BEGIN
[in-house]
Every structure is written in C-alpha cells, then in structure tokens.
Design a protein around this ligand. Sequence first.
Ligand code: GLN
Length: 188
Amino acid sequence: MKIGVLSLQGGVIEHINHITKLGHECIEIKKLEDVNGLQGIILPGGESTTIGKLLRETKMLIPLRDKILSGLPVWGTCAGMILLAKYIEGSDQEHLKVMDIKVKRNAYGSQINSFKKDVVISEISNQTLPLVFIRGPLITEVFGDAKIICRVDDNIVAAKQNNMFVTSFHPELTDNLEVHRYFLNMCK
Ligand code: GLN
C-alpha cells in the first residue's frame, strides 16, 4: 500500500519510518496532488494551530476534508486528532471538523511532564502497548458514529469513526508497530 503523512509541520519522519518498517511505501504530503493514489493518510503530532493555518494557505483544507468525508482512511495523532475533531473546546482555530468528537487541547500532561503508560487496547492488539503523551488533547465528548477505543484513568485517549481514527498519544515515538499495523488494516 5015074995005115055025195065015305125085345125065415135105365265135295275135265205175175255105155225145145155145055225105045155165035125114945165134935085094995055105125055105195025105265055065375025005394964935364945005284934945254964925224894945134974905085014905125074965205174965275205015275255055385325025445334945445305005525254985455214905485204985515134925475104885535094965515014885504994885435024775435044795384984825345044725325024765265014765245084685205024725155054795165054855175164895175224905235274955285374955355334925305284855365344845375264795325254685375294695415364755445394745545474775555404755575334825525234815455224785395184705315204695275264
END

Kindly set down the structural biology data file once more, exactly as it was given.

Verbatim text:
[in-house]
Every structure is written in C-alpha cells, then in structure tokens.
Design a protein around this ligand. Sequence first.
Ligand code: GLN
Length: 188
Amino acid sequence: MKIGVLSLQGGVIEHINHITKLGHECIEIKKLEDVNGLQGIILPGGESTTIGKLLRETKMLIPLRDKILSGLPVWGTCAGMILLAKYIEGSDQEHLKVMDIKVKRNAYGSQINSFKKDVVISEISNQTLPLVFIRGPLITEVFGDAKIICRVDDNIVAAKQNNMFVTSFHPELTDNLEVHRYFLNMCK
Ligand code: GLN
C-alpha cells in the first residue's frame, strides 16, 4: 500500500519510518496532488494551530476534508486528532471538523511532564502497548458514529469513526508497530 503523512509541520519522519518498517511505501504530503493514489493518510503530532493555518494557505483544507468525508482512511495523532475533531473546546482555530468528537487541547500532561503508560487496547492488539503523551488533547465528548477505543484513568485517549481514527498519544515515538499495523488494516 5015074995005115055025195065015305125085345125065415135105365265135295275135265205175175255105155225145145155145055225105045155165035125114945165134935085094995055105125055105195025105265055065375025005394964935364945005284934945254964925224894945134974905085014905125074965205174965275205015275255055385325025445334945445305005525254985455214905485204985515134925475104885535094965515014885504994885435024775435044795384984825345044725325024765265014765245084685205024725155054795165054855175164895175224905235274955285374955355334925305284855365344845375264795325254685375294695415364755445394745545474775555404755575334825525234815455224785395184705315204695275264